The war in Ukraine is threatening to become the spark that started the fire of an already looming global food crisis. Food and grain prices are soaring, to an extent possibly leading to a rise in global malnutrition by 8 to 13 million people this year. This situation is of particularly high risk for Net Food-Importing Developing Countries (NFIDCs), where cereal grains comprise over half of the per capita dietary energy supply. For them, domestic policy options will not suffice, and the WTO must support an adequate response. This note proposes possible options for a WTO Package of Solutions for NFIDCs, at and beyond its 12th ministerial conference.
Price spikes on world markets for basic foodstuffs, as brought about by the war in Ukraine, are likely to recur in the future, and existing domestic policy options do not suffice to mitigate the effects. Therefore, the WTO, at its 12th Ministerial Conference and beyond, must support an adequate response and adopt concrete decisions in this area, particularly for NFIDCs.
In the area of agriculture negotiations and flexibilities therein, such decisions could for instance be taken with regard to: (i) Article 6.2, which should remain intact or its scope be broadened; (ii) Article 6.4 on de minimis, by updating the reference price used by the AoA and/or adopting a peace clause for NFIDCs breaching their de minimis limit; (iii) Public food stockholding, by exempting NFIDCs’ programmes from Amber Box calculations, if they meet certain conditions; (iv) Export competition, by Extending Article 9.4 flexibilities for LDCs and NFIDCs for a longer period; (iv) Export restrictions, by shielding NFIDCs’ food purchases from export restrictions by other members, agreeing on an operational definition of “critical food shortage, and adopting the Ministerial Decision on “WFP Food Purchases Exemption from Export Prohibitions or Restrictions”.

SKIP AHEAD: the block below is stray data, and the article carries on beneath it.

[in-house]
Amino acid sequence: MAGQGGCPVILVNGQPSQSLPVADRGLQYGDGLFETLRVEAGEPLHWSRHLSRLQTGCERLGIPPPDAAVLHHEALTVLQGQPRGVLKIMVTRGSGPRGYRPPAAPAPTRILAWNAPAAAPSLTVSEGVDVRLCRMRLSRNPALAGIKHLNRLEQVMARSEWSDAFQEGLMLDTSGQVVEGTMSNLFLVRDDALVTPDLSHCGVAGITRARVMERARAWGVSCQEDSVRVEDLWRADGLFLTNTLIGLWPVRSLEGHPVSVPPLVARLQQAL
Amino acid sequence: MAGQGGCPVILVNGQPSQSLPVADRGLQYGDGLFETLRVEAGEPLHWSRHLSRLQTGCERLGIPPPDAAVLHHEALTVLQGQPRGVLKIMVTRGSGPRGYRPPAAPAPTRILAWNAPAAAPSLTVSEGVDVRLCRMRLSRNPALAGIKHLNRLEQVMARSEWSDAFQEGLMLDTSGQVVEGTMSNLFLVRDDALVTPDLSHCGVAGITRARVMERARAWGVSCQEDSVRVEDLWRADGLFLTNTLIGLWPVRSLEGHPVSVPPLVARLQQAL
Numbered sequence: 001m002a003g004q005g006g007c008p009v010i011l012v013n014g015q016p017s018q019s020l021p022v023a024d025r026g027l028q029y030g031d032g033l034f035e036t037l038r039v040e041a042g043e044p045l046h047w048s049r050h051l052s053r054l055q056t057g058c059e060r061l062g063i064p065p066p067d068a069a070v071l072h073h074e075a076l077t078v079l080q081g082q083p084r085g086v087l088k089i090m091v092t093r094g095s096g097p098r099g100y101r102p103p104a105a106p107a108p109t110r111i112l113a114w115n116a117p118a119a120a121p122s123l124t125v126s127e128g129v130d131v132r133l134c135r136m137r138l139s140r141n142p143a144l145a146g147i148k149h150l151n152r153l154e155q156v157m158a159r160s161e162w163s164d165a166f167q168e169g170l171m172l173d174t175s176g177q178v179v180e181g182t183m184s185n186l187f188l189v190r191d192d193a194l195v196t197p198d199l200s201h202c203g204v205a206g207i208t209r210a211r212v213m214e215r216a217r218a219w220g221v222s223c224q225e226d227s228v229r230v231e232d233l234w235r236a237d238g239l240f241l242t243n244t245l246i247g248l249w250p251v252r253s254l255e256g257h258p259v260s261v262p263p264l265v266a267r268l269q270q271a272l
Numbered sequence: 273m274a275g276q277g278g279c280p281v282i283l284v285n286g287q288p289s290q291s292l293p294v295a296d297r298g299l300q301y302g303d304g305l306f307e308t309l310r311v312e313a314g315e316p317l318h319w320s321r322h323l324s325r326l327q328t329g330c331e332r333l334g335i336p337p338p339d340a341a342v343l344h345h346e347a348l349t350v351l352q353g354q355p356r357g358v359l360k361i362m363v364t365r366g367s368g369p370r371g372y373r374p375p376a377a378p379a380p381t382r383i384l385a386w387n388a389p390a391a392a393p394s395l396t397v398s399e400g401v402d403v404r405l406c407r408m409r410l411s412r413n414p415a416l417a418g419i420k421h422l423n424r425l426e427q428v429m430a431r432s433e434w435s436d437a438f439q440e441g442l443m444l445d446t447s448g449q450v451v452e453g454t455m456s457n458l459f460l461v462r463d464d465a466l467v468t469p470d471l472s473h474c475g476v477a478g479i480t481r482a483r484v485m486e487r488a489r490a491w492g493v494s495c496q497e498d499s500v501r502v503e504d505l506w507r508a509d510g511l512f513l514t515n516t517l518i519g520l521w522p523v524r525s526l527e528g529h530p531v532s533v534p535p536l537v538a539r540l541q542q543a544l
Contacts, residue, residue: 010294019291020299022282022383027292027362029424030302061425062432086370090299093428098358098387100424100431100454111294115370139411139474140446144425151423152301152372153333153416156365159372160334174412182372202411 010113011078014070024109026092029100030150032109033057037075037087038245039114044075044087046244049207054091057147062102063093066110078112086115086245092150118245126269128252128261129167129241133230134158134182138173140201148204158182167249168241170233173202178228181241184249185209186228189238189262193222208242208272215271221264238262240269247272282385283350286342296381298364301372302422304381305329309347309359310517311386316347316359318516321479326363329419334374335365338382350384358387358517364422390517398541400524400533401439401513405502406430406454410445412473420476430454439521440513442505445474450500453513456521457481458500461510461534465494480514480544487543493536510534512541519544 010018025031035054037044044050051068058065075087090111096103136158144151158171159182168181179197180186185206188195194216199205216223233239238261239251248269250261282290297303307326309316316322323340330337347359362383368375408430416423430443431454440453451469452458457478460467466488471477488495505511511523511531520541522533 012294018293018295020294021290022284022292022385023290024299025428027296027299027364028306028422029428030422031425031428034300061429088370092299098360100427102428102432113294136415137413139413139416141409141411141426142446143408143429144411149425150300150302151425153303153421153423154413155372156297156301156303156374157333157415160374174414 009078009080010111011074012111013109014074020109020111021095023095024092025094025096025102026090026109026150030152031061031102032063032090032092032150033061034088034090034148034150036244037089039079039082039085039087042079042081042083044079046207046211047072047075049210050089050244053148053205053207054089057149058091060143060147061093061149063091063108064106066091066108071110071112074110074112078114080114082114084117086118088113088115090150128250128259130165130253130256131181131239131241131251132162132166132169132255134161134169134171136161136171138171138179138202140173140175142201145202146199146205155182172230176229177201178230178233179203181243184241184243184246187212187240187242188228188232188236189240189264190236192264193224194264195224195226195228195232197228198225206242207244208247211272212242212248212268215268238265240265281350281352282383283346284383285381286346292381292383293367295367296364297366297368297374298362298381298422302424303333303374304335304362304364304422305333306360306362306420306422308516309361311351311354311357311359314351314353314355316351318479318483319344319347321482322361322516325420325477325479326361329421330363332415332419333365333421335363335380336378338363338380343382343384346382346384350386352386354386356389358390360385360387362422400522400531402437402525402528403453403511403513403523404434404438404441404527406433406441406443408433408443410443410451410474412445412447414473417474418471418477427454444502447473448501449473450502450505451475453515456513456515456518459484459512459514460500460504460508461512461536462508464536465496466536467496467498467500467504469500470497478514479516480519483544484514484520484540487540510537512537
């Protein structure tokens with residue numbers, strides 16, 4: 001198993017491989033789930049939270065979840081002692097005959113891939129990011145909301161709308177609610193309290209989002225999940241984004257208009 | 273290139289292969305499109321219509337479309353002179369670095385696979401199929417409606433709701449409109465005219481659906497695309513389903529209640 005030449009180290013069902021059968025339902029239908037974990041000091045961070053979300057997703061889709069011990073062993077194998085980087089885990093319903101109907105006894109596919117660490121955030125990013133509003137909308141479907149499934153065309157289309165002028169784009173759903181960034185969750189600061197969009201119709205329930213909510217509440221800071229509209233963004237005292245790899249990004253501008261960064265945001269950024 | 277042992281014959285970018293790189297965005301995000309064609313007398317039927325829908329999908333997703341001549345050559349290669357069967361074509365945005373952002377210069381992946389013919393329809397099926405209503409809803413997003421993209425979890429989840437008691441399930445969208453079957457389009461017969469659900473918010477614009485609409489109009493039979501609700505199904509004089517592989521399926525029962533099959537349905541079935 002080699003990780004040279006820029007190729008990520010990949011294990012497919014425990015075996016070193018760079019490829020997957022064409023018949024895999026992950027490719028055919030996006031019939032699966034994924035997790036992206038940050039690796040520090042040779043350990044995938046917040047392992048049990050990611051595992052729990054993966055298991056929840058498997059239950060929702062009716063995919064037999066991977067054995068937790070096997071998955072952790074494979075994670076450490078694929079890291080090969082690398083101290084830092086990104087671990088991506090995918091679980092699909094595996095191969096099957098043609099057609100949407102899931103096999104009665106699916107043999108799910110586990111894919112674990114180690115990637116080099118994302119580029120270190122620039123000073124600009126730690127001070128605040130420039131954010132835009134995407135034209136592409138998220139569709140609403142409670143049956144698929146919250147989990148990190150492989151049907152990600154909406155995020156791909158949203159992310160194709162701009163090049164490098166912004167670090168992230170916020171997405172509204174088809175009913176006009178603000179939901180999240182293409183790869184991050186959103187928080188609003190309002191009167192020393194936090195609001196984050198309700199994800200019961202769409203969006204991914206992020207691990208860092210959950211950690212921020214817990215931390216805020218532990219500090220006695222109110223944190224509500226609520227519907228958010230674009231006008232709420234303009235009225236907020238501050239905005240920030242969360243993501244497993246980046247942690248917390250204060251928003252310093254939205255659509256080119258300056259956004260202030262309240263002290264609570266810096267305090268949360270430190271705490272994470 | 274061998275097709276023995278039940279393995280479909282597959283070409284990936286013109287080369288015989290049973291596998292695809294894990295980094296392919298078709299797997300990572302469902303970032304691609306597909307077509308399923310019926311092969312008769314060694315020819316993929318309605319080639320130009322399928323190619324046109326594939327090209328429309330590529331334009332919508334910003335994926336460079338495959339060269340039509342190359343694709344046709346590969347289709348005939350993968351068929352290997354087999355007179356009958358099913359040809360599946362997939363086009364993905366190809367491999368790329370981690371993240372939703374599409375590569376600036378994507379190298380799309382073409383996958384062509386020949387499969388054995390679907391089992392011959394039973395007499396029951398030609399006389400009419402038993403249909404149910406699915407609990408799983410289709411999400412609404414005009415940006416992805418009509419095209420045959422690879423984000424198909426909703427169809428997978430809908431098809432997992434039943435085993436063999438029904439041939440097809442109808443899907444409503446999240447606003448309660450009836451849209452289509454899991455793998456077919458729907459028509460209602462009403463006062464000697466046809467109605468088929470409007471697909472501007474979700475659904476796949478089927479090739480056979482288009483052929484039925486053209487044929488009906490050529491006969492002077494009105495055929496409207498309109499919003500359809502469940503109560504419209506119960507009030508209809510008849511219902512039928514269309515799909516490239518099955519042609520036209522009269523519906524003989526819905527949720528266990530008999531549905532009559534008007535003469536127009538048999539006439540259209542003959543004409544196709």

But more can be done, and it is a momentous time to be ambitious. It is high time that members concretely deliver on the mandate of the WTO’s Marrakesh Ministerial Decision on NFIDCs to improve access to the resources of the international financial institutions. While compensatory financing solutions were explored by WTO members in the past, culminating in the conceptualisation of a possible Food Import Financing Facility (FIFF), discussions have been sidelined for over fifteen years. The cost of inaction has been high, and a renewed effort is necessary to translate the good intentions of the international community into functional instruments.
In fact, FAO at a recent G20 meeting called for a global Food Import Financing Facility (FIFF) to help poorer countries deal with surging prices as a result of the war in Ukraine. This would complement existing UN system mechanisms, be strictly based on urgent needs of NFIDCs, and promote future resilience by prioritising investments in sustainable agri-food systems. Already, the FFIF has been stress-tested by FAO for its impact on the global markets, and would be convenient to administrate and scale up.
It is time for the WTO to fulfil the commitment to NFIDCs and LDCs under the Marrakesh Ministerial Decision of 1994 and join hands with FAO to operationalise the FIFF at the earliest.